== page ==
It borders on the scandalous that I haven’t written a blog post since announcing the publication of The Lost Torah of Shanghai. In today’s world I should be banned from calling myself any kind of an author. It’s not for lack of anything to say. Never my problem.

The past few months have been…well, busy. We moved from San Francisco back to, part-time and possibly temporarily, our hometown of Milwaukee. The move was quick, as real estate transactions in the Bay Area don’t give the seller, in August, the luxury of giving occupancy in December. Which would have been the next most convenient time, given the travel plans we knew were ahead. In fact, even when we learned the contract was confirmed, Eli and I were in Poland. We arrived home September 4 and moved out September 21. Between HIPPY travel in my last two months as HIPPY USA national chair and a long-planned weekend in Chicago, I was away from our rented home in Milwaukee 14 nights out of the first month, and then we left for a month in Israel, returning to the US in time for Thanksgiving.

There is some irony in the pattern of these wanderings. In Poland I found myself in the native land of my maternal grandfather, Alfred (born Abraham) Zuckert (born either Cukier or Cukiert, transliterated from the Polish, and Sukert in Glasgow, Scotland, where he stayed for a few years and where a brother, David, settled and raised his family). While I know something about his family history, including about several siblings, there is a huge blank: the fate of his three sisters who presumably perished with their children and grandchildren in the Holocaust. I spent some time one afternoon at the The Emanuel Ringelblum Jewish Historical Institute Jewish Genealogy & Family Heritage Center in Warsaw. The researcher with whom I worked, in an orderly way, led me to various types of databases to gain clues about each family member I knew about. Since then, another resource has given me the first names of my great-grandparents, as well as the birth information about one of the sisters, Laja, for whom I think I’m named.

Back to Milwaukee. Home to both Eli and me, and originally our grandparents who had come from Poland, Russia, and Galicia (which was the Austro-Hungarian Empire, when my paternal grandfather, Henry Grossman, left before World War I. Both grandfathers left home as teen-agers, on their own with the encouragement of their parents, to make their way and start families in a totally new place. How each of them got to Milwaukee I’m not exactly sure. Unfortunately, both died before I realized how important it would be to ask. 

And now to Israel for the past month. A homeland my parents, grandparents, and their relatives in the “old country” all longed for, but so many didn’t live to see. But a chance to spend time with cousins on both the Zuckert and Igra sides of my family. And to learn more about a family story that will be the next book, likely a third Lily Kovner book. It involves a cousin re-discovered many years after she was left for safekeeping with a Catholic family during World War II.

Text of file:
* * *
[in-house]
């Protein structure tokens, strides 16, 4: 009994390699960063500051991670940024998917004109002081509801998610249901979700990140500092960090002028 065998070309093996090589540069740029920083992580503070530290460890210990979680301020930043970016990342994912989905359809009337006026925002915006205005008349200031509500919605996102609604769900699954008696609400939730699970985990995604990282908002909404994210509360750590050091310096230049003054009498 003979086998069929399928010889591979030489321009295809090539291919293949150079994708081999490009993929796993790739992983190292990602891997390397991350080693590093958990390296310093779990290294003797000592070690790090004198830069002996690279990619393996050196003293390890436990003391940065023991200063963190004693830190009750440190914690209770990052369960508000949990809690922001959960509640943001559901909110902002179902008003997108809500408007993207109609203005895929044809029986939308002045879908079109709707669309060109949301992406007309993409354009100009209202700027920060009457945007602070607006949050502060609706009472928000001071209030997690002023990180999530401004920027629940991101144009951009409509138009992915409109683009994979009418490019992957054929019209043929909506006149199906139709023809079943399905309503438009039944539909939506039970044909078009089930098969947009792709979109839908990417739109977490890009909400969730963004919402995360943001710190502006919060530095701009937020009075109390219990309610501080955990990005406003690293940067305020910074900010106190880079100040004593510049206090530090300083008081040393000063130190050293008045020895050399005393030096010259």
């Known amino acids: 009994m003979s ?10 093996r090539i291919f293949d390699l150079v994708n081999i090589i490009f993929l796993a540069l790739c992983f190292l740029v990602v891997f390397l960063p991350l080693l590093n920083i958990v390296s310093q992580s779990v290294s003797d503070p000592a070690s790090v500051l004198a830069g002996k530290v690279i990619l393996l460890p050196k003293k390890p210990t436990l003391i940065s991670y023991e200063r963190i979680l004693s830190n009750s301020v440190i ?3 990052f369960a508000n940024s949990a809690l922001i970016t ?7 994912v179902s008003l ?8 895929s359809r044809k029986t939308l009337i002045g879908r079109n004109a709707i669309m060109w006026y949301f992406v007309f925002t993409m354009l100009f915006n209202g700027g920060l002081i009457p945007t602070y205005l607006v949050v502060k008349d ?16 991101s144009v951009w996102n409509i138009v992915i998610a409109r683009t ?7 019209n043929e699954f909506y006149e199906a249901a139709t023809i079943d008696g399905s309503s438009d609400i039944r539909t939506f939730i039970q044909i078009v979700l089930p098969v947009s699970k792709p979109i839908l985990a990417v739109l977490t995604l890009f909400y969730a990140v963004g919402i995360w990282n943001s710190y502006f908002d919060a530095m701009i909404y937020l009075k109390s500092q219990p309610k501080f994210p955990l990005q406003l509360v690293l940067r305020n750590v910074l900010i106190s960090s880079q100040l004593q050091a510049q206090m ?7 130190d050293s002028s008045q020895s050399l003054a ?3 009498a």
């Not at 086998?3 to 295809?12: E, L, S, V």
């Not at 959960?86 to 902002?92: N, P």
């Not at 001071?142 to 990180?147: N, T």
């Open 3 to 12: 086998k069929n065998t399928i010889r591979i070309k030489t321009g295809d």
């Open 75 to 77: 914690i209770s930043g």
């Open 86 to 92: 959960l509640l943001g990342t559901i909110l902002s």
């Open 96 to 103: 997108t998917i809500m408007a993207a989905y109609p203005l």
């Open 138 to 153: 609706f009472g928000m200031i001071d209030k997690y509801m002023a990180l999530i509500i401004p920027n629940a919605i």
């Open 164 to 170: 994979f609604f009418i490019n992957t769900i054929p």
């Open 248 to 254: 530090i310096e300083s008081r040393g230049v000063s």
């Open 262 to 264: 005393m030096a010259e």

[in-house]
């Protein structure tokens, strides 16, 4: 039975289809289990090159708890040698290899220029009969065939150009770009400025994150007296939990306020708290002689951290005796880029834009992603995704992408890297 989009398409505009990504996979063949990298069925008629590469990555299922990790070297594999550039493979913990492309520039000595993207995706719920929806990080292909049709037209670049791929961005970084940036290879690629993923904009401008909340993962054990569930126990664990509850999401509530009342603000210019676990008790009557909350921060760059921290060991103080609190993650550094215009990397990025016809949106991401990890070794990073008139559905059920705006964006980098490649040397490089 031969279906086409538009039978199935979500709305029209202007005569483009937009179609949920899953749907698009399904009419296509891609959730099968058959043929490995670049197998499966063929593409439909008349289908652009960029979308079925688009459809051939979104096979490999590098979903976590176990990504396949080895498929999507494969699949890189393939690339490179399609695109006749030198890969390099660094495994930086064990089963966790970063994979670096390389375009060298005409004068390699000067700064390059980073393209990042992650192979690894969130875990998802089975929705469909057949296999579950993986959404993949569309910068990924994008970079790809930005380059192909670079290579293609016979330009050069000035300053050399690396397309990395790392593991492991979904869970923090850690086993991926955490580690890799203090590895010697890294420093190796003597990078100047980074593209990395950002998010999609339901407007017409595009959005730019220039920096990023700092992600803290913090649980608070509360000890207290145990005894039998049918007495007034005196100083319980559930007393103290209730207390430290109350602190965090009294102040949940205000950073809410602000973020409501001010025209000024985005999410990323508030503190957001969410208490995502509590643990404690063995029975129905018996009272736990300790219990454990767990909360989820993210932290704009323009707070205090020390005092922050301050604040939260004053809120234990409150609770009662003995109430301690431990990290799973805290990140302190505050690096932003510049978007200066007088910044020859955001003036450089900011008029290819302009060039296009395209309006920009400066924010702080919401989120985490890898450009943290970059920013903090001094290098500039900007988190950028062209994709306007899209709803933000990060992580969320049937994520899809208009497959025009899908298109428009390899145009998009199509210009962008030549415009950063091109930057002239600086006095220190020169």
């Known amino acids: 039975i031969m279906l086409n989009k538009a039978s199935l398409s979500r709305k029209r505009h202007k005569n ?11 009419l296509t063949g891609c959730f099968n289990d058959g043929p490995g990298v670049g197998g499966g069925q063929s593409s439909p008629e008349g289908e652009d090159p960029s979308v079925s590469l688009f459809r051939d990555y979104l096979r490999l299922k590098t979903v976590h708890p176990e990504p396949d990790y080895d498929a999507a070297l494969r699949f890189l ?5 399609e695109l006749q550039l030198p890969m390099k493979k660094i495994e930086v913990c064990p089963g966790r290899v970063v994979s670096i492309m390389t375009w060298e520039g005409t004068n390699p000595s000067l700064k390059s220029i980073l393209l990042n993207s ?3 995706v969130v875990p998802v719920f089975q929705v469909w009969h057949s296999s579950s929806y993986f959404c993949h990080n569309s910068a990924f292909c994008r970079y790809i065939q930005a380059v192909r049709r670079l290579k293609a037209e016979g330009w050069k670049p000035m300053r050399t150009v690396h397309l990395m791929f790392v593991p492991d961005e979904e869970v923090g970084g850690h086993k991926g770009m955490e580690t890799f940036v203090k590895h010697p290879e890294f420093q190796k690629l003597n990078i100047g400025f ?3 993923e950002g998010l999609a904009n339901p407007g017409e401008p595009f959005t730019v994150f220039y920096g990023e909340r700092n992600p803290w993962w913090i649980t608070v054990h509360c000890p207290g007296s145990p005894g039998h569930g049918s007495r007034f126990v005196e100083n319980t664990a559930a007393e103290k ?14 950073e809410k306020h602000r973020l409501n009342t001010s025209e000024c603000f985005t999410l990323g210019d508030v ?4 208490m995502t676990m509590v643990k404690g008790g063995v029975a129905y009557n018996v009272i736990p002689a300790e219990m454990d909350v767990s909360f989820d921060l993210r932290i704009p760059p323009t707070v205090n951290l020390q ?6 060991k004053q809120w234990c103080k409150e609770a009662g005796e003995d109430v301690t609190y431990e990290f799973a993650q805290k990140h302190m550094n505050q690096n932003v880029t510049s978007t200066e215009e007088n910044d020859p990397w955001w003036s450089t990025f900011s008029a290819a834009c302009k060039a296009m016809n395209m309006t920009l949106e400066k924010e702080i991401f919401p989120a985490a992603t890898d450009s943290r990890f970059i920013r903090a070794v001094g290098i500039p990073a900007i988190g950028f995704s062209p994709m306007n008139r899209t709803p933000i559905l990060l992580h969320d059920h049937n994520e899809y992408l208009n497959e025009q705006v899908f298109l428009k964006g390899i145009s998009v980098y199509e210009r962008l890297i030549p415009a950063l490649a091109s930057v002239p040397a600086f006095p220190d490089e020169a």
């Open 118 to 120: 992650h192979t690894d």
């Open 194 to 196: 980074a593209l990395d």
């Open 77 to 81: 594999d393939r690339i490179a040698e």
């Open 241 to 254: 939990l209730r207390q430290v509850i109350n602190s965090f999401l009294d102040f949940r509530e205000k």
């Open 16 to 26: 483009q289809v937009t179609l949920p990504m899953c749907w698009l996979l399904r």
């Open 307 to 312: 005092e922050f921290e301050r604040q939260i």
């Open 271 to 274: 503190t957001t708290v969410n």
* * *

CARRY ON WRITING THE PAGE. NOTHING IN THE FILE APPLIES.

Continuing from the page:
In general, the re-discovery of Jewish roots by many Poles is common, especially in Krakow and Warsaw. Thanks to the efforts of American Jewish institutions in engaging them, there’s a rebirth, of sorts, of Jewish cultural and religious life in Poland. The Jewish Quarter of Krakow is interesting for its history, but  we found the tourism aspect sometimes a little cringe-worthy. Like the stand selling figurines, in the Main Square of Krakow, that included a Hassidic man holding a bag marked with a $, alongside some Klezmer players. Looks like the vendor only got part of the message about Jews.

This travel could be called “roots” exploration. It’s led me to a country, its long history of Jewish life notwithstanding (as depicted in the year-old POLIN Museum of the History of Polish Jews), that birthed and bred–and persecuted and killed–generations of Jews.

I wonder what the grandparents, who couldn’t wait to leave Poland and Russia and other countries where prejudice and pogroms exceeded promise and prospects, would think about such travel. And I think about Holocaust survivors who have traveled back. And those who wouldn’t dream of it.

Home? Heart? No easy answers.

My great-uncle, David Sukiert (as spelled in Scotland, where he immigrated) apparently on a visit back to Poland with his mother and the three sisters presumed lost in the Holocaust.

My great-uncle, David Sukiert (as spelled in Scotland, where he immigrated) apparently on a visit back to Poland with his mother and the three sisters presumed lost in the Holocaust.

 

 

 

 

 

 

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